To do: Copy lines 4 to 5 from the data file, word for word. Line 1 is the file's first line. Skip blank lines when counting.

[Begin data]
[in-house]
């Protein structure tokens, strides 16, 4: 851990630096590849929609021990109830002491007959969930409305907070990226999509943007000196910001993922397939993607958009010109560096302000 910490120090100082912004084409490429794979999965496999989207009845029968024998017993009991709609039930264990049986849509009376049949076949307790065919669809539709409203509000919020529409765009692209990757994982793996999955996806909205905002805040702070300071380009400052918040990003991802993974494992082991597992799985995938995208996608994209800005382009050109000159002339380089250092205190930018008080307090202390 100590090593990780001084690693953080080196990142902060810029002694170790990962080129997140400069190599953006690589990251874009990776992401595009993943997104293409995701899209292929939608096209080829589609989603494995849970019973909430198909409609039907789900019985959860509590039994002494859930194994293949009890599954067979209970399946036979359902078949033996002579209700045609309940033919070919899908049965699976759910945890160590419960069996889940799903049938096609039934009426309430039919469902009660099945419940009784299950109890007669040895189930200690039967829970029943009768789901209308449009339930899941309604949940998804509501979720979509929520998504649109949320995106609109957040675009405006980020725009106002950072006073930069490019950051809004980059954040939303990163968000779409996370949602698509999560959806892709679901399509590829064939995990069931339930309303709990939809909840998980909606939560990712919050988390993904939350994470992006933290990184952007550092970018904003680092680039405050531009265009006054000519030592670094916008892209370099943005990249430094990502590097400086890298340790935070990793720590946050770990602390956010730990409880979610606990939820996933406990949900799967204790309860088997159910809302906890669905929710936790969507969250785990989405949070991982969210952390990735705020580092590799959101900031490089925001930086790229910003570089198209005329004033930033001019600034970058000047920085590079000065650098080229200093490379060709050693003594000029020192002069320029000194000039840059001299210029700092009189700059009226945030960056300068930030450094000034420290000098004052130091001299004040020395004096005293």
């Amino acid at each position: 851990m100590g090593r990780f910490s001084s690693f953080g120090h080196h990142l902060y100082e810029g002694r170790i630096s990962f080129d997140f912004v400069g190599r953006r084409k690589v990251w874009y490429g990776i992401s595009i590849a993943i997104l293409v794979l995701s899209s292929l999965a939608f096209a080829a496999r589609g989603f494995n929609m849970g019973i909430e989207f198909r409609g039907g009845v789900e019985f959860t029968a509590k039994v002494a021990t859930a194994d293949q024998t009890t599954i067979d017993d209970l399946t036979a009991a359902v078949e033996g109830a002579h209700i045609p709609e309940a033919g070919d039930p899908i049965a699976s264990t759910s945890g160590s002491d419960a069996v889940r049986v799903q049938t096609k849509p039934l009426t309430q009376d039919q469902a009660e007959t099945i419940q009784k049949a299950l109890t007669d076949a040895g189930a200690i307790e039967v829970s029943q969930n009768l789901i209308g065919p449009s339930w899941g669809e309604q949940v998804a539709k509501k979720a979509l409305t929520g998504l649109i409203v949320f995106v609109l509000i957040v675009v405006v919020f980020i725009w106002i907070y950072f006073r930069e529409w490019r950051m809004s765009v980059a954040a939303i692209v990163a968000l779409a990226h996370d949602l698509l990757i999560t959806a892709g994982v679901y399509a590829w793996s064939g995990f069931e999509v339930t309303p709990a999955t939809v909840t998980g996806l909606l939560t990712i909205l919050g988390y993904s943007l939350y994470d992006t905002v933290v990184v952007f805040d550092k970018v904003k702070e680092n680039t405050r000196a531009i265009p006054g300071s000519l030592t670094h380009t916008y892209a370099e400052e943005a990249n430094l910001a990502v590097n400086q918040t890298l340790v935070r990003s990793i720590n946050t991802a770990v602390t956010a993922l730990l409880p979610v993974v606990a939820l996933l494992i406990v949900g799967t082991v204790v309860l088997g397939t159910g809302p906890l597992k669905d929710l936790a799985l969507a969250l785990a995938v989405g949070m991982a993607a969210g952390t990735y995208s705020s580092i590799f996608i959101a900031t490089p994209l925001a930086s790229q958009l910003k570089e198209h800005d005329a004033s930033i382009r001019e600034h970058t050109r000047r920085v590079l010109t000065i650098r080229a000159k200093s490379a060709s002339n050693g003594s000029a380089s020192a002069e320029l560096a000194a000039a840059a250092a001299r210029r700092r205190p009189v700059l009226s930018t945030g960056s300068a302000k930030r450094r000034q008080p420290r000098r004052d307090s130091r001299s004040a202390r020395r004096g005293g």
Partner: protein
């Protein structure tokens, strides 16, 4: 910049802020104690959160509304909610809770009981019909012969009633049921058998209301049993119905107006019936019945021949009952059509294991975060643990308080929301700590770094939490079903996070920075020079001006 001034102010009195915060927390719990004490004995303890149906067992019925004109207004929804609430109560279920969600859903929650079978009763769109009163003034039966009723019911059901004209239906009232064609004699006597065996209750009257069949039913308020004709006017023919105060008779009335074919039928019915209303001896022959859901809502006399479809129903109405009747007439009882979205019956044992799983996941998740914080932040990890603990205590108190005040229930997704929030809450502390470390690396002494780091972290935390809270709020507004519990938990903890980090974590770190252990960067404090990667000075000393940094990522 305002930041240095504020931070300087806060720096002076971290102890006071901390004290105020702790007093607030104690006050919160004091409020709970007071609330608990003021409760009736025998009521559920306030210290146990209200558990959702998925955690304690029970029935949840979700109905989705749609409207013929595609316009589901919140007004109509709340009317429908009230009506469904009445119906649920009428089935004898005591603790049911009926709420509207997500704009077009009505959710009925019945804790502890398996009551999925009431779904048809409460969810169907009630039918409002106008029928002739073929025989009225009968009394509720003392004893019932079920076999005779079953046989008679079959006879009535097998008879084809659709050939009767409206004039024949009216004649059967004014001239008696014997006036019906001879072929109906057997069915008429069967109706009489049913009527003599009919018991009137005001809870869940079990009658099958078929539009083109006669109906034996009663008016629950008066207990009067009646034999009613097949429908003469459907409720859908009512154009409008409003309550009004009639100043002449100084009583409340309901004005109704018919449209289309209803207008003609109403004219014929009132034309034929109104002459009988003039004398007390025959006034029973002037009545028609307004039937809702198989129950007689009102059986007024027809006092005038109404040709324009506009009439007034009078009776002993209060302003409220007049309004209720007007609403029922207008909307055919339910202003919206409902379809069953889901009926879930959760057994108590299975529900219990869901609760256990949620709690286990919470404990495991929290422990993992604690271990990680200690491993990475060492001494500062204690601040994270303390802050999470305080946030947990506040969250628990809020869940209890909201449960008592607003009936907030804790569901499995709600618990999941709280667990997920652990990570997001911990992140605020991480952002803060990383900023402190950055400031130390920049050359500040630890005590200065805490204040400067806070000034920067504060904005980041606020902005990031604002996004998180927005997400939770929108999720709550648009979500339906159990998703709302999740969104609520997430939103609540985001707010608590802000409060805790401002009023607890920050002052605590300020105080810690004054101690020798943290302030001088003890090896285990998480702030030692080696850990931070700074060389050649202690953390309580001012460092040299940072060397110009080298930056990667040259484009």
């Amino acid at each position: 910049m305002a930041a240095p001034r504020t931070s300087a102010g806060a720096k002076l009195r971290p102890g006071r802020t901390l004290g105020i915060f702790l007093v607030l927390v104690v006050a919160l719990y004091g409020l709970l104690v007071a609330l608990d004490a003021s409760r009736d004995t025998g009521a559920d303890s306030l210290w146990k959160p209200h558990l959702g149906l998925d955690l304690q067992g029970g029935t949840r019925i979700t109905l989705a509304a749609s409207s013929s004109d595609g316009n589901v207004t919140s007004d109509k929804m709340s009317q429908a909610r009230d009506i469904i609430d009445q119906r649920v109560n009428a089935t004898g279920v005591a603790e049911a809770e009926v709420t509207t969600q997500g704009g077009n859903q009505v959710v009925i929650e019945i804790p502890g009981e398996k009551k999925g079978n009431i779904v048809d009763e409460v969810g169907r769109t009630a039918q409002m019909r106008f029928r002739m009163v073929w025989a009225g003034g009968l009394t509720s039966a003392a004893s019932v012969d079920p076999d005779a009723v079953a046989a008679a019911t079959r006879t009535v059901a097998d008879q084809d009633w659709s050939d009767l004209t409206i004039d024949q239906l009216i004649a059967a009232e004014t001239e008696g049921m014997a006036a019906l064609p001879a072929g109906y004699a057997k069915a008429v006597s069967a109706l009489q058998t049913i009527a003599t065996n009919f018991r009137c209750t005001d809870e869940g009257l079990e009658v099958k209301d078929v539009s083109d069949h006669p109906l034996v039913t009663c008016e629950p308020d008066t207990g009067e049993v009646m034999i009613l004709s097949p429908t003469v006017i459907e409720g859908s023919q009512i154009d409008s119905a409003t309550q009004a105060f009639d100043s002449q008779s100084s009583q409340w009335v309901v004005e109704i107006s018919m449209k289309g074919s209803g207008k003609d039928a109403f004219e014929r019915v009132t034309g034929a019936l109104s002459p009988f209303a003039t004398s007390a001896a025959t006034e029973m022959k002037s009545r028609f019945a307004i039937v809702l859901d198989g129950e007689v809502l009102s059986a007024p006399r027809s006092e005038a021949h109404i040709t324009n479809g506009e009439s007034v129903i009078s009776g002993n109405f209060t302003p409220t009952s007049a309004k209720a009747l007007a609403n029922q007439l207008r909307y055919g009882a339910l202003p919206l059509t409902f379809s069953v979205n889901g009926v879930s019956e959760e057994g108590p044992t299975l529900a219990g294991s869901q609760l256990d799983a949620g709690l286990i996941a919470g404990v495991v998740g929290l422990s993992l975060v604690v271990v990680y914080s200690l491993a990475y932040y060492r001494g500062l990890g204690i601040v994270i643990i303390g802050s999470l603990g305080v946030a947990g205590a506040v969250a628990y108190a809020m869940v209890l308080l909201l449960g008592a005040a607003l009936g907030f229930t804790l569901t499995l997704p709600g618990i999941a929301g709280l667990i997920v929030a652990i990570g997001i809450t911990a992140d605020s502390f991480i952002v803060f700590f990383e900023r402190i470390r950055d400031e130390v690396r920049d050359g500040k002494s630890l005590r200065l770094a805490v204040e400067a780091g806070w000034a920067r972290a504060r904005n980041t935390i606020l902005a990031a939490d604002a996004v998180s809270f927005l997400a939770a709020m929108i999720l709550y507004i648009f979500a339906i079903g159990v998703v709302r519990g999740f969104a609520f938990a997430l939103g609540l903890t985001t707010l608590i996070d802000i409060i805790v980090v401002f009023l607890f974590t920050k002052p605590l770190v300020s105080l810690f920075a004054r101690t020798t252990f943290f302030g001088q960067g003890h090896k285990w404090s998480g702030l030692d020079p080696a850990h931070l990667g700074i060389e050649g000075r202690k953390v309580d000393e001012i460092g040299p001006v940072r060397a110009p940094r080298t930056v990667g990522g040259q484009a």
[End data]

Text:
Partner: protein
């Protein structure tokens, strides 16, 4: 910049802020104690959160509304909610809770009981019909012969009633049921058998209301049993119905107006019936019945021949009952059509294991975060643990308080929301700590770094939490079903996070920075020079001006 001034102010009195915060927390719990004490004995303890149906067992019925004109207004929804609430109560279920969600859903929650079978009763769109009163003034039966009723019911059901004209239906009232064609004699006597065996209750009257069949039913308020004709006017023919105060008779009335074919039928019915209303001896022959859901809502006399479809129903109405009747007439009882979205019956044992799983996941998740914080932040990890603990205590108190005040229930997704929030809450502390470390690396002494780091972290935390809270709020507004519990938990903890980090974590770190252990960067404090990667000075000393940094990522 305002930041240095504020931070300087806060720096002076971290102890006071901390004290105020702790007093607030104690006050919160004091409020709970007071609330608990003021409760009736025998009521559920306030210290146990209200558990959702998925955690304690029970029935949840979700109905989705749609409207013929595609316009589901919140007004109509709340009317429908009230009506469904009445119906649920009428089935004898005591603790049911009926709420509207997500704009077009009505959710009925019945804790502890398996009551999925009431779904048809409460969810169907009630039918409002106008029928002739073929025989009225009968009394509720003392004893019932079920076999005779079953046989008679079959006879009535097998008879084809659709050939009767409206004039024949009216004649059967004014001239008696014997006036019906001879072929109906057997069915008429069967109706009489049913009527003599009919018991009137005001809870869940079990009658099958078929539009083109006669109906034996009663008016629950008066207990009067009646034999009613097949429908003469459907409720859908009512154009409008409003309550009004009639100043002449100084009583409340309901004005109704018919449209289309209803207008003609109403004219014929009132034309034929109104002459009988003039004398007390025959006034029973002037009545028609307004039937809702198989129950007689009102059986007024027809006092005038109404040709324009506009009439007034009078009776002993209060302003409220007049309004209720007007609403029922207008909307055919339910202003919206409902379809069953889901009926879930959760057994108590299975529900219990869901609760256990949620709690286990919470404990495991929290422990993992604690271990990680200690491993990475060492001494500062204690601040994270303390802050999470305080946030947990506040969250628990809020869940209890909201449960008592607003009936907030804790569901499995709600618990999941709280667990997920652990990570997001911990992140605020991480952002803060990383900023402190950055400031130390920049050359500040630890005590200065805490204040400067806070000034920067504060904005980041606020902005990031604002996004998180927005997400939770929108999720709550648009979500339906159990998703709302999740969104609520997430939103609540985001707010608590802000409060805790401002009023607890920050002052605590300020105080810690004054101690020798943290302030001088003890090896285990998480702030030692080696850990931070700074060389050649202690953390309580001012460092040299940072060397110009080298930056990667040259484009």